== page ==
16 © 2007 IBM Corporation 16 Quality control for Broadcast Captioning ‭Q: Do captions have to meet accuracy requirements, such as having only so many spelling errors per program? ‭A: At present, captions are not required to meet any particular quality or accuracy standards. The Federal Communications Commission concluded that program providers have incentives to offer high quality captions, in keeping with the overall quality of the programs they offer. The FCC also concluded that it would be difficult to develop and monitor quality standards at this time. However, viewers may let video providers know whether they are satisfied with the captions through purchases of advertised products, subscriptions to program services, or contacts with providers concerning the programs. The above information has been excerpted from the FCC guidelines and the Captioned Media Program of the National Association of the Deaf.

17 © 2007 IBM Corporation 17 Using ASR for captioning….incrementally…UK Media and re-speaking

18 © 2007 IBM Corporation 18 Using ASR for Broadcast Captioning..incrementally…Protitle Live System Enables creation of subtitles in all major languages, using speech recognition Functions Correction in real time Validation in real time Timing Total cycle time between 2 to 7 seconds 5 seconds on average Economics - Re-speaking: 1/10 th the cost of real time stenographer

19 © 2007 IBM Corporation 19 Using ASR for Broadcast captioning…incrementally…Real-time editing  Assume: speaker obtains 80 percent ASR accuracy when speaking at a rate of 150 words a minute  Editor needs to correct 15 words in a minute to increase the accuracy to 90 percent. –by choosing the 15 most important errors, some of the remaining 15 errors may not detract significantly from understanding.  In classrooms in the UK and in other countries disabled students have people taking notes for them who are trying to type or write much faster than 15 words/minute to record as much as possible. If instead of trying to record everything, the speaker used speech recognition, the note taker need only type the corrections.  People can read four or more times faster than somebody speaks.  Therefore: possible to do ‘something else’ when reading words displayed at speaking speeds  Real time editing can be separated into three activities: –Finding the error and highlighting it –Entering the correction –Replacing the error with the correction  Using foot pedals to move the highlight to the exact position and triggering the replacement could enable the hands to remain free for entering the corrections. Source: Professor M. Wald, Southampton University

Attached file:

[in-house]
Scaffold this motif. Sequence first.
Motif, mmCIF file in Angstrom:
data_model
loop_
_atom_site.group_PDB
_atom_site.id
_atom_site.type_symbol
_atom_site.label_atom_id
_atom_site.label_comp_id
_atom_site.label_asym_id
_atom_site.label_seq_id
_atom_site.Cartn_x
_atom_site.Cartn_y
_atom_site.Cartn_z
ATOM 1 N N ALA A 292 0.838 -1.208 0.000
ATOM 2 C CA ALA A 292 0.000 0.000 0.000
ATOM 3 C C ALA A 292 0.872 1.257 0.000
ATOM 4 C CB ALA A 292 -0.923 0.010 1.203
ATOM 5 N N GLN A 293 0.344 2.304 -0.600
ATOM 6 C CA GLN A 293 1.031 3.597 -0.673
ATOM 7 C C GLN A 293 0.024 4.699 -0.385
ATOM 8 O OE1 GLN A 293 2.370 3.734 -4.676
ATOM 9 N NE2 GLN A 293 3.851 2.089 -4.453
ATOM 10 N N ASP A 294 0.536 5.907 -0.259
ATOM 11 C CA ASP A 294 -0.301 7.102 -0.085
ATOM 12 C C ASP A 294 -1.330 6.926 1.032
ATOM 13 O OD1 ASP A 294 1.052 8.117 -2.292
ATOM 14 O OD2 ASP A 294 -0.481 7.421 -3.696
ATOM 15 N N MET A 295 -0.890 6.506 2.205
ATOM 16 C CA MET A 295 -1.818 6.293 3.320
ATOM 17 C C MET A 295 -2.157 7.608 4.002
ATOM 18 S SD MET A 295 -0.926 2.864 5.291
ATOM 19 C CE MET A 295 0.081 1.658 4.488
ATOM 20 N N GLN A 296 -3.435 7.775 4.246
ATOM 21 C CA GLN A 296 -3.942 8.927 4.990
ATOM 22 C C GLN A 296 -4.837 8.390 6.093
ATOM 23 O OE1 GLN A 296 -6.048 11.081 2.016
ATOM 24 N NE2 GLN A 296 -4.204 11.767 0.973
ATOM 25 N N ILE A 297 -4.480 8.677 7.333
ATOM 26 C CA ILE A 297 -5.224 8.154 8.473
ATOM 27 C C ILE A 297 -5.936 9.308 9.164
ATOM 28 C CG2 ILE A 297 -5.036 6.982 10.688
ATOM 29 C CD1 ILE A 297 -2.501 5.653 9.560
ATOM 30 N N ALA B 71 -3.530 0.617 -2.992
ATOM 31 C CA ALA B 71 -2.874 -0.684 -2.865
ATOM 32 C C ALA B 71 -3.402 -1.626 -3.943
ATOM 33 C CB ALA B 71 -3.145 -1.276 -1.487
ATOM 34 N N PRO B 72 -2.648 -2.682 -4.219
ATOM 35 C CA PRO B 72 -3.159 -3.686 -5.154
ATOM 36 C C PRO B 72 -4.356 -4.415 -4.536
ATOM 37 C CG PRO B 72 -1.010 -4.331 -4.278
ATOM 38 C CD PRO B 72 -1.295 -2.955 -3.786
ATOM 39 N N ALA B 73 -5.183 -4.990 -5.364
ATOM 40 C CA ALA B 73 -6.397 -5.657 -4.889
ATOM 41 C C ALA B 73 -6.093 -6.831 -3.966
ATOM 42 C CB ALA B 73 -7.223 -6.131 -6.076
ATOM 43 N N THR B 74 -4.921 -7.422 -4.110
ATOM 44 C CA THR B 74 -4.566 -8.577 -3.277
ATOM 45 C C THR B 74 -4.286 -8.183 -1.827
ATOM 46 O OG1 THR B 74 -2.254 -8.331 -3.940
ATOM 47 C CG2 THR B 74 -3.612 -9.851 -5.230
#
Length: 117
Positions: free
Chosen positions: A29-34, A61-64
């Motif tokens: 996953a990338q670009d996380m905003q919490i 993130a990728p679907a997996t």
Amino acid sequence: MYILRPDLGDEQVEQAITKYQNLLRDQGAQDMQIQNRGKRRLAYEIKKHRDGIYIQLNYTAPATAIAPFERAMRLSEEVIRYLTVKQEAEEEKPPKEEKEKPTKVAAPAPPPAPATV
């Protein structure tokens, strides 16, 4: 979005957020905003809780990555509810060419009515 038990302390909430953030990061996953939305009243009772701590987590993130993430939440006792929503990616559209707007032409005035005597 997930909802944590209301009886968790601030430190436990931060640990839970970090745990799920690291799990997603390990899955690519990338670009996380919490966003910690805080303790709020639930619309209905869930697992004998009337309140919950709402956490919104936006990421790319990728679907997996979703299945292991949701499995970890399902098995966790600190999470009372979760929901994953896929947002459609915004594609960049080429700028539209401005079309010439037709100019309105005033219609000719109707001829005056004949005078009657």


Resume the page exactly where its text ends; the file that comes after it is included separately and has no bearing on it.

20 © 2007 IBM Corporation 20 Automated measures of accuracy Proposal from the WGBH National Center for Accessible Media (NCAM)  Use language-processing tools to develop an automated caption accuracy assessment system for real-time captions on live news programming  Can text-based data mining and speech-to-text technologies produce meaningful data about stenocaption accuracy? –Explore the capabilities of data mining software agents to identify discrepancies between errors contained within stenocaption data sets and speech-to-text data sets, and generate a caption accuracy analysis of the data set under review. Through these methods, goal is to:  Improve the ability of the television community to monitor and maintain the quality of live captioning they offer to viewers who are deaf or hard of hearing  Ease the current burden on caption viewers to document and advocate for comprehensible captions.

21 © 2007 IBM Corporation 21 Future vision…  Automatic Speech Transcription for less regulated arenas –Captioning podcasts, lectures, meetings, presentations…  Easier tools to modify and customize  Easier and more cost-effective mechanisms to deliver  Understanding quality control issues - - what is accuracy, what is the cost of an error  Back-up options  More pervasive usage  Higher quality deliverables

22 © 2007 IBM Corporation 22